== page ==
C:\Documents and Settings\Anton Daneyko>nslookup superuser.com
will look up your own DNS server to find out the IP address for superuser.com. If you add the ip address or the name of a different DNS server to the command line, it will lookup that given DNS server for the ip address of superuser.com. Ex:
C:\Documents and Settings\Anton Daneyko>nslookup superuser.com 126.96.36.199
By the way, 188.8.131.52 is the ip address of Google DNS servers.
But, both of the above give "Non-authoritative answers", as neither of them SOA, which is the authoritative for superuser.com domain. Both have a cached copy that has been propagated from the SOA. If you want to ask the authoritative server, first find out the name of ip address of the authoritative server, using the command:
C:\Documents and Settings\Anton Daneyko>nslookup -type=ns superuser.com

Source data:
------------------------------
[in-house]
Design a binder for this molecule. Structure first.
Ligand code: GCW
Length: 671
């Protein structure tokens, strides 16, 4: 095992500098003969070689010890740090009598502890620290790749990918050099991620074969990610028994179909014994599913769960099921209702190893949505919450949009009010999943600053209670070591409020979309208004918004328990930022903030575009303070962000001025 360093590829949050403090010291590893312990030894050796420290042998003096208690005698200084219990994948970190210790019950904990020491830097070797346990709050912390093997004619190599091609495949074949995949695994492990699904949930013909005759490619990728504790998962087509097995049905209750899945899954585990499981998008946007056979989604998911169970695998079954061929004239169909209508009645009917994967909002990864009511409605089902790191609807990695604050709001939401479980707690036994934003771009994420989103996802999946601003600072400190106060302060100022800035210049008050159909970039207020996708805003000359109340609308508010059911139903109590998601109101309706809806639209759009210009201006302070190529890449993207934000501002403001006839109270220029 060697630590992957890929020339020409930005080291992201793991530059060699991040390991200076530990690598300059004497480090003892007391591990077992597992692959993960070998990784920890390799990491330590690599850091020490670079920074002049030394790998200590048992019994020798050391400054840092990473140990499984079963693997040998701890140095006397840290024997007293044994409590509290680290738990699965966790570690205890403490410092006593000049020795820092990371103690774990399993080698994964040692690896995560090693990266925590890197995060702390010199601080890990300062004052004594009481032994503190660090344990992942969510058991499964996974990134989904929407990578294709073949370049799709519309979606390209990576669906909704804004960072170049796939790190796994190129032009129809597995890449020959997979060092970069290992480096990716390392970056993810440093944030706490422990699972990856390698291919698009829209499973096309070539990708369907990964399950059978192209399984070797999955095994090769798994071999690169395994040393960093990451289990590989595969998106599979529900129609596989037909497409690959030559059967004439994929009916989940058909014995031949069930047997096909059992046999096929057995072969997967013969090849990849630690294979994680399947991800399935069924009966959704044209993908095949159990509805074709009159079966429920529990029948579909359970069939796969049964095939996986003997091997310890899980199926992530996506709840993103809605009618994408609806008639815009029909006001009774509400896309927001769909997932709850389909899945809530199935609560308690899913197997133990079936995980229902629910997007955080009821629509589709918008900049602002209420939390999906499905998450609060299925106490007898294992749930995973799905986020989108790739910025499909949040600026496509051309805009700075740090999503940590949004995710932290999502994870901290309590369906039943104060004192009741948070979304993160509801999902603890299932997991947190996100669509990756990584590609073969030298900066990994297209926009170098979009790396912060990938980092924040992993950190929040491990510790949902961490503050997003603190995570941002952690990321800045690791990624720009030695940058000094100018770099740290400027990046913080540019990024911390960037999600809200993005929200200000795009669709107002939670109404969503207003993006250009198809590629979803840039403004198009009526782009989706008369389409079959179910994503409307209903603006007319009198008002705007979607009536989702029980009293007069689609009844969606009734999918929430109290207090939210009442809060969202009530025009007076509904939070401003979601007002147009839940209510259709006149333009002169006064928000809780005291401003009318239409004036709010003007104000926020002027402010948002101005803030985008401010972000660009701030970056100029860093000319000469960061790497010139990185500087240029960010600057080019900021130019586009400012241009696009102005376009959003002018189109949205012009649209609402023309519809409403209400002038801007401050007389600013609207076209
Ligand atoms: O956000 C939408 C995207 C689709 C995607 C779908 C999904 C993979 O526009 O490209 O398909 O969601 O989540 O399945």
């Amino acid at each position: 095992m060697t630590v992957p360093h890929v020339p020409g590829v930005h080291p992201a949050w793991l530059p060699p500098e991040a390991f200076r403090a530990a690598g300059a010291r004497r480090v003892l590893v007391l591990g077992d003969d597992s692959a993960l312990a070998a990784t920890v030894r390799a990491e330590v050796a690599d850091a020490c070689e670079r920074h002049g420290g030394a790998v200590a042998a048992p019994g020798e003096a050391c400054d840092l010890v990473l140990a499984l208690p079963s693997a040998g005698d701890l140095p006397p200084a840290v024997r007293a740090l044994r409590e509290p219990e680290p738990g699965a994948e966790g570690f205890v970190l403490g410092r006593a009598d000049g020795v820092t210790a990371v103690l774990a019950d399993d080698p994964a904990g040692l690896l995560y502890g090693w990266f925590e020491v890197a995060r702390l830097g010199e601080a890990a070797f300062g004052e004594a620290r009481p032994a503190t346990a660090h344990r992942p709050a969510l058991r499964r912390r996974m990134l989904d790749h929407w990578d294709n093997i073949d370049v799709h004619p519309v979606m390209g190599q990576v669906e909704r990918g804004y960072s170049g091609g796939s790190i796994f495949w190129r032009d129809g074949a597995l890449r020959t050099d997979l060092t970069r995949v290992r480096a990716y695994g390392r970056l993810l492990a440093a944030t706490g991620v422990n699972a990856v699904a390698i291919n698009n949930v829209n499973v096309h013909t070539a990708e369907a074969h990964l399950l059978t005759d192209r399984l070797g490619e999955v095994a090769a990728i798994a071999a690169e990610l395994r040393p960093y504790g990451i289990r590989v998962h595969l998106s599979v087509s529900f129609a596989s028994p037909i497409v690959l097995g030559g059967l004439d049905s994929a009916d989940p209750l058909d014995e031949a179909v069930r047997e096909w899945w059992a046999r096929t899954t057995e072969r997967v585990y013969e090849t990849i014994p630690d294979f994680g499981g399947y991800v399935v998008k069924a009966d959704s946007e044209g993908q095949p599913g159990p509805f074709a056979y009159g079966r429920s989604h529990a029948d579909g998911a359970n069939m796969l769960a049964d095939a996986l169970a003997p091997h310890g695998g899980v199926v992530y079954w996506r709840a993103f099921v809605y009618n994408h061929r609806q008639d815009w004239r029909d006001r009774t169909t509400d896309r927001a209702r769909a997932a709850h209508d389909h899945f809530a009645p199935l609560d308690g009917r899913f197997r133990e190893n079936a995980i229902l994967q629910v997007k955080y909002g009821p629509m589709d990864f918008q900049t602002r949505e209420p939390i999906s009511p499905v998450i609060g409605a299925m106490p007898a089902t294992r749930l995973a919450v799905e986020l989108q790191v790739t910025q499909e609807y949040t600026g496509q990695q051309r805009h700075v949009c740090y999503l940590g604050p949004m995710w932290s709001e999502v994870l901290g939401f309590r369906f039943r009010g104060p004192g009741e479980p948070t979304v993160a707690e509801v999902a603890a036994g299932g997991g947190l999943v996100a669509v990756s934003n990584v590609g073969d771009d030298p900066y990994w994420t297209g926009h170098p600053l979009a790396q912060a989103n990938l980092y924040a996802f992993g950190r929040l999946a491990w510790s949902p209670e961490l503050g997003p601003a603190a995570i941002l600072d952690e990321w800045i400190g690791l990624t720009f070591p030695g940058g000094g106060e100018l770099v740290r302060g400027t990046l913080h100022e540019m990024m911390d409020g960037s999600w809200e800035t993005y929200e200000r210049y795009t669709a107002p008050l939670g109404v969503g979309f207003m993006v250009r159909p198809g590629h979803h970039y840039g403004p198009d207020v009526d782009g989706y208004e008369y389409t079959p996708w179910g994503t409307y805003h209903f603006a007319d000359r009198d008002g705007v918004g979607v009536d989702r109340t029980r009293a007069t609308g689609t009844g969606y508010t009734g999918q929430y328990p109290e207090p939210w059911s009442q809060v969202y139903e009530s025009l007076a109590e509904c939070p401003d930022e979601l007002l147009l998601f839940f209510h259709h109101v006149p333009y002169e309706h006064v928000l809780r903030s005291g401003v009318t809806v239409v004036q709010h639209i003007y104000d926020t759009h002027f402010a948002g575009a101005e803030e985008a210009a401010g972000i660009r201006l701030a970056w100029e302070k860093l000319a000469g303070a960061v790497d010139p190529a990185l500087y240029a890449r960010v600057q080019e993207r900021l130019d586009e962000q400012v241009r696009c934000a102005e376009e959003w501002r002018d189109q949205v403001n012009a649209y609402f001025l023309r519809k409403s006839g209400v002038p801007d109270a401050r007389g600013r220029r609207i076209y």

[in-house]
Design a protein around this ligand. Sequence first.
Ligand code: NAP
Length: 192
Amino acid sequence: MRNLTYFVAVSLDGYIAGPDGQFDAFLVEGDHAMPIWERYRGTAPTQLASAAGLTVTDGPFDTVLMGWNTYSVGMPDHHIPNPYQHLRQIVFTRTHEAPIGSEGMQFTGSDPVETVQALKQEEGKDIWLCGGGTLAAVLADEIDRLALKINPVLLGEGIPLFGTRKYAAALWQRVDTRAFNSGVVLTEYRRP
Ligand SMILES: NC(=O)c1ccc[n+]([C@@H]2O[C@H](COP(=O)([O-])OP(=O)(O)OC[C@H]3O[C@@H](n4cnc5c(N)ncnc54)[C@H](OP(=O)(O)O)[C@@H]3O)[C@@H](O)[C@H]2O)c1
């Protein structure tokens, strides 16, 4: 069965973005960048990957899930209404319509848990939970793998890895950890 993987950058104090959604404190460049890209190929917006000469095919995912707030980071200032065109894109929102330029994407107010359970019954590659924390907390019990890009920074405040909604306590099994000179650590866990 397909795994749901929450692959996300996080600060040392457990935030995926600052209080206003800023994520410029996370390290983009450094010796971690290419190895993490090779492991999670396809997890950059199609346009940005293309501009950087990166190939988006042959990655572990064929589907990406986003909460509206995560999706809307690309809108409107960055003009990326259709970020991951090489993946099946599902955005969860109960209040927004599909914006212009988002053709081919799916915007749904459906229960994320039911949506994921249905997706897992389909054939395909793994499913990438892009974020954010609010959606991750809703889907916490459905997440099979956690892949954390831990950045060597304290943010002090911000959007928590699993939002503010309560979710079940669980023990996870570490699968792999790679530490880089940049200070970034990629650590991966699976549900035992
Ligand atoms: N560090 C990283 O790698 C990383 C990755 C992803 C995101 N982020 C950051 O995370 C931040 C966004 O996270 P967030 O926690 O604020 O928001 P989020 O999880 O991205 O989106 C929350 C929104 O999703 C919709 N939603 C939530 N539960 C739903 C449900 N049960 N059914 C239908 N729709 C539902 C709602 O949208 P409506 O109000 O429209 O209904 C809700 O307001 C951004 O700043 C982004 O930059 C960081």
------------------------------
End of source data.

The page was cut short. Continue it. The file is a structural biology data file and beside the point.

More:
superuser.com nameserver = cf-dns02.superuser.com
superuser.com nameserver = cf-dns01.superuser.com
cf-dns02.superuser.com internet address = 184.108.40.206
cf-dns02.superuser.com AAAA IPv6 address = 2400:cb00:2049:1::adf5:3b04
cf-dns01.superuser.com AAAA IPv6 address = 2400:cb00:2049:1::adf5:3a35
cf-dns01.superuser.com internet address = 220.127.116.11
This will return a non-authoritative answer from your local DNS server, from the Marburg Uni, naming all the authoritative servers for the superuser.com. Then you can use the command we used earlier to ask any of the 4 authoritative servers, as follows:
C:\Documents and Settings\Anton Daneyko>nslookup superuser.com 18.104.22.168
As you see, this time the authoritative SOA server returned the ip addresses, hence you don't see the comment "Non-authoritative answer" comment, anymore.
This is particularly useful, when you have created a new domain name or changed the hosting providers or transferred to a different domain registrar, and you can't access your website, as the new IP addresses haven't propagated even after 24 hours. Then you can start with the SOA and verify that your correct ip address is given by the DNS server, and then follow it further down the tree. Good to check if Google DNS servers have received the changes, and then lastly if your local DNS server can resolve your Domain name to correct IP address.